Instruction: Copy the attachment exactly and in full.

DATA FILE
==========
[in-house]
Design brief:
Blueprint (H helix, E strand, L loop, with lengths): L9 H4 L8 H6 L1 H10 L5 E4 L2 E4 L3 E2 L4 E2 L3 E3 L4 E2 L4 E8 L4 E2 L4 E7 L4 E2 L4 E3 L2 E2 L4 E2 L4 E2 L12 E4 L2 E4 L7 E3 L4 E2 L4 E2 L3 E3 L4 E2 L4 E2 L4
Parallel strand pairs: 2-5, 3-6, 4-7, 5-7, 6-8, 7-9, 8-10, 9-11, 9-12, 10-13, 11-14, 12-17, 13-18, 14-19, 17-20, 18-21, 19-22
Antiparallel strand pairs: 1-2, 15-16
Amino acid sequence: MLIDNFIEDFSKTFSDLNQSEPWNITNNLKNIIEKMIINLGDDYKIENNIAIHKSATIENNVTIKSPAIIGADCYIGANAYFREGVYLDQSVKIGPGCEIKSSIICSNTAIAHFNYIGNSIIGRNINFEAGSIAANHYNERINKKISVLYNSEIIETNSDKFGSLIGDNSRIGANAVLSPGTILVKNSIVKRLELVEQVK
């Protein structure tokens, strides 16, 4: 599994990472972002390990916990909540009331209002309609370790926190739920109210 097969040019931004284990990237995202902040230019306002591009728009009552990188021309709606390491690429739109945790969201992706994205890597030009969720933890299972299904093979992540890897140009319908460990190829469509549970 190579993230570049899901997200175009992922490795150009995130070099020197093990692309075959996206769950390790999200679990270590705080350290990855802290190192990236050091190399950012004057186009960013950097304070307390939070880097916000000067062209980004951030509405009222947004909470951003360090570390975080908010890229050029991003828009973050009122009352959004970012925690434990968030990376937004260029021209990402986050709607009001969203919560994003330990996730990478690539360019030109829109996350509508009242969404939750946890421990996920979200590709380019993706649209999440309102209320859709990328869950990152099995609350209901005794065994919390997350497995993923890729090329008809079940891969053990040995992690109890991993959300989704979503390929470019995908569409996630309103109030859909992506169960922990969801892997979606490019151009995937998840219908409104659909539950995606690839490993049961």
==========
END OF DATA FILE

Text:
[in-house]
Design brief:
Blueprint (H helix, E strand, L loop, with lengths): L9 H4 L8 H6 L1 H10 L5 E4 L2 E4 L3 E2 L4 E2 L3 E3 L4 E2 L4 E8 L4 E2 L4 E7 L4 E2 L4 E3 L2 E2 L4 E2 L4 E2 L12 E4 L2 E4 L7 E3 L4 E2 L4 E2 L3 E3 L4 E2 L4 E2 L4
Parallel strand pairs: 2-5, 3-6, 4-7, 5-7, 6-8, 7-9, 8-10, 9-11, 9-12, 10-13, 11-14, 12-17, 13-18, 14-19, 17-20, 18-21, 19-22
Antiparallel strand pairs: 1-2, 15-16
Amino acid sequence: MLIDNFIEDFSKTFSDLNQSEPWNITNNLKNIIEKMIINLGDDYKIENNIAIHKSATIENNVTIKSPAIIGADCYIGANAYFREGVYLDQSVKIGPGCEIKSSIICSNTAIAHFNYIGNSIIGRNINFEAGSIAANHYNERINKKISVLYNSEIIETNSDKFGSLIGDNSRIGANAVLSPGTILVKNSIVKRLELVEQVK
């Protein structure tokens, strides 16, 4: 599994990472972002390990916990909540009331209002309609370790926190739920109210 097969040019931004284990990237995202902040230019306002591009728009009552990188021309709606390491690429739109945790969201992706994205890597030009969720933890299972299904093979992540890897140009319908460990190829469509549970 190579993230570049899901997200175009992922490795150009995130070099020197093990692309075959996206769950390790999200679990270590705080350290990855802290190192990236050091190399950012004057186009960013950097304070307390939070880097916000000067062209980004951030509405009222947004909470951003360090570390975080908010890229050029991003828009973050009122009352959004970012925690434990968030990376937004260029021209990402986050709607009001969203919560994003330990996730990478690539360019030109829109996350509508009242969404939750946890421990996920979200590709380019993706649209999440309102209320859709990328869950990152099995609350209901005794065994919390997350497995993923890729090329008809079940891969053990040995992690109890991993959300989704979503390929470019995908569409996630309103109030859909992506169960922990969801892997979606490019151009995937998840219908409104659909539950995606690839490993049961």